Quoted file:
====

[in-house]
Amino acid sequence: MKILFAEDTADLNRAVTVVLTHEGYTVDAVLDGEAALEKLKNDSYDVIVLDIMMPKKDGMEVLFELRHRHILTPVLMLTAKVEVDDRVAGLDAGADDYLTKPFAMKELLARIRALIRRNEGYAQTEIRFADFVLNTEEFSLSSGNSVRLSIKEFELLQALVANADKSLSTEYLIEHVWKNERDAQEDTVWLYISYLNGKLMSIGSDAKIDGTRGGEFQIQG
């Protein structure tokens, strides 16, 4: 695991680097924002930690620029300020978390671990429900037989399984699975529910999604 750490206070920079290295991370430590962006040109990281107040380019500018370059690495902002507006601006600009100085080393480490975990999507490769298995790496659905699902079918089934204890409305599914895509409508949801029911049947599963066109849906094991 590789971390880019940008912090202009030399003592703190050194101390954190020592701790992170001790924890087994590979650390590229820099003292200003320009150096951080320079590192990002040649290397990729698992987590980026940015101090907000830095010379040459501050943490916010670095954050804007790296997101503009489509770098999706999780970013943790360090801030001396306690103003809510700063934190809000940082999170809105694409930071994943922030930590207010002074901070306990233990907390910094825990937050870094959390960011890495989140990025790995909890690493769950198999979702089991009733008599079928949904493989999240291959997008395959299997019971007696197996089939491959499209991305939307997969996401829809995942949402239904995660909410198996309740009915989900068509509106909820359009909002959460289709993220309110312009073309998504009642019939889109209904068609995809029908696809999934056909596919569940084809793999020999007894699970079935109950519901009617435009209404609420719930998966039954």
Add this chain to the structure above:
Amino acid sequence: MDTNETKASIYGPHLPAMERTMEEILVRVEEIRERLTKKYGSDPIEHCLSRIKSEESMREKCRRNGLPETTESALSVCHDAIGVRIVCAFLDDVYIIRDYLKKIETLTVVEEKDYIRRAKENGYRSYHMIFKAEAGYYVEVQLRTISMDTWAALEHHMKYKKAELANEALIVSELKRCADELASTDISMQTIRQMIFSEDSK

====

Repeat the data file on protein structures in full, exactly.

[in-house]
Amino acid sequence: MKILFAEDTADLNRAVTVVLTHEGYTVDAVLDGEAALEKLKNDSYDVIVLDIMMPKKDGMEVLFELRHRHILTPVLMLTAKVEVDDRVAGLDAGADDYLTKPFAMKELLARIRALIRRNEGYAQTEIRFADFVLNTEEFSLSSGNSVRLSIKEFELLQALVANADKSLSTEYLIEHVWKNERDAQEDTVWLYISYLNGKLMSIGSDAKIDGTRGGEFQIQG
């Protein structure tokens, strides 16, 4: 695991680097924002930690620029300020978390671990429900037989399984699975529910999604 750490206070920079290295991370430590962006040109990281107040380019500018370059690495902002507006601006600009100085080393480490975990999507490769298995790496659905699902079918089934204890409305599914895509409508949801029911049947599963066109849906094991 590789971390880019940008912090202009030399003592703190050194101390954190020592701790992170001790924890087994590979650390590229820099003292200003320009150096951080320079590192990002040649290397990729698992987590980026940015101090907000830095010379040459501050943490916010670095954050804007790296997101503009489509770098999706999780970013943790360090801030001396306690103003809510700063934190809000940082999170809105694409930071994943922030930590207010002074901070306990233990907390910094825990937050870094959390960011890495989140990025790995909890690493769950198999979702089991009733008599079928949904493989999240291959997008395959299997019971007696197996089939491959499209991305939307997969996401829809995942949402239904995660909410198996309740009915989900068509509106909820359009909002959460289709993220309110312009073309998504009642019939889109209904068609995809029908696809999934056909596919569940084809793999020999007894699970079935109950519901009617435009209404609420719930998966039954």
Add this chain to the structure above:
Amino acid sequence: MDTNETKASIYGPHLPAMERTMEEILVRVEEIRERLTKKYGSDPIEHCLSRIKSEESMREKCRRNGLPETTESALSVCHDAIGVRIVCAFLDDVYIIRDYLKKIETLTVVEEKDYIRRAKENGYRSYHMIFKAEAGYYVEVQLRTISMDTWAALEHHMKYKKAELANEALIVSELKRCADELASTDISMQTIRQMIFSEDSK